Custody staff ‘failing to protect detainees from self-harm’

Custody staff are failing to follow safeguarding policies and guidance put in place to protect detainees from self-harm or suicide attempts, the Independent Police Complaints Commission warned yesterday.

It found that one in 1,686 people detained in police custody experiences a  “near miss” of serious self-harm or illness, of which 400 nearly die, each year in England and Wales.

However, this figure could be “considerably greater” if it included incidents that are not reported to the forensic medical examiner (FME) or those that are underreported to the authorities by FMEs, IPCC said.

The IPCC study found that custody staff were not adhering to PACE (Police and Criminal Evidence Act) codes of practice and the associated policies because of the “notable number of cases” where custody practice failed to reflect the policies and guidance.

Mental illness

It urged custody suite managers to reinforce to staff policies, procedures and guidance, to ensure staff were trained to identify and deal with vulnerable detainees – in the IPCC study, it was known that 41% had a mental illness – and to implement good quality risk assessment practice and supervision.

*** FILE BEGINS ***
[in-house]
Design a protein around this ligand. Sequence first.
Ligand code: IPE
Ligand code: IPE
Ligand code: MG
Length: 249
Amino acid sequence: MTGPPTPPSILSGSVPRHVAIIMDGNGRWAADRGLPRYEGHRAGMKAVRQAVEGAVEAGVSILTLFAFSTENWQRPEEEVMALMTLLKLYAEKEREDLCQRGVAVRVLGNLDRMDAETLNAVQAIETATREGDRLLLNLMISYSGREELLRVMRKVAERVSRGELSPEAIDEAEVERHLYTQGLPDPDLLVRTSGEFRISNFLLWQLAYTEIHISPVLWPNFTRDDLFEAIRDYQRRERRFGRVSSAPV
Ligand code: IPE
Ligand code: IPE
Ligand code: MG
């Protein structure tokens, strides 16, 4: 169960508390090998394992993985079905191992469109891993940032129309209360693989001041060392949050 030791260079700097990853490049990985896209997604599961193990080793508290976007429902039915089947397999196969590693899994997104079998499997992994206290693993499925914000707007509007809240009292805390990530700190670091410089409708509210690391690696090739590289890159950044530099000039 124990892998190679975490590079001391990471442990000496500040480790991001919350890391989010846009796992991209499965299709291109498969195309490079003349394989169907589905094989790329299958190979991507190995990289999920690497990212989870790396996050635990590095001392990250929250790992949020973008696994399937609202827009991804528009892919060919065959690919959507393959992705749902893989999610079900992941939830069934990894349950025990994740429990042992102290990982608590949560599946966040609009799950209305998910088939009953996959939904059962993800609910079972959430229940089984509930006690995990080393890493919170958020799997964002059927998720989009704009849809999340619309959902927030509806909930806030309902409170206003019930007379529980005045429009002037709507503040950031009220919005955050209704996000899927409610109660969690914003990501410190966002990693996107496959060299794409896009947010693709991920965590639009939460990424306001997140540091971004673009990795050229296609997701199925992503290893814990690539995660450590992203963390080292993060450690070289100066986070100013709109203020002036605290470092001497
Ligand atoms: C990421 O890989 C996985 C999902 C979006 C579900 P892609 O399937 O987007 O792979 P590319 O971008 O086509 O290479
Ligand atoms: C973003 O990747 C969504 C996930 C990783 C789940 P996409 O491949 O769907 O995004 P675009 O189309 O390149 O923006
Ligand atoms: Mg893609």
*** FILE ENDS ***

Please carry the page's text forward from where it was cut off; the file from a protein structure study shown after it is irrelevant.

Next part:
The IPCC study, which focused on incidents in the Metropolitan Police in 2005-6, found that nearly half of people who had a near miss while in police custody attempted suicide or self-harm. The next highest category was drug misuse, which accounted for one-third of cases.

However, IPCC chair Nick Hardwick said it would be “unwise” to assume these issues related only to the Metropolitan Police and it was likely that these were “general issues” for those managing and working in custody suites in England and Wales.

Low staff levels

The study, Near Misses in Police Custody, found that custody suites were failing to adequately check and rouse detainees, search cells and people in line with PACE guidance, while battling against low staff levels.

Jason Payne-James, a co-author of the IPCC report and vice-president of the Faculty of Forensic and Legal Medicine at the Royal College of Physicians of London, said: “The way to reduce deaths and near misses in police custody is through good risk assessment and better healthcare provision. Forces need to ensure that their custody staff are adequately trained to identify the healthcare issues they are likely to face on a day to day basis.”

During the period of the IPCC study, six detainees died in Metropolitan Police cells and 28 people died in custody in England and Wales.

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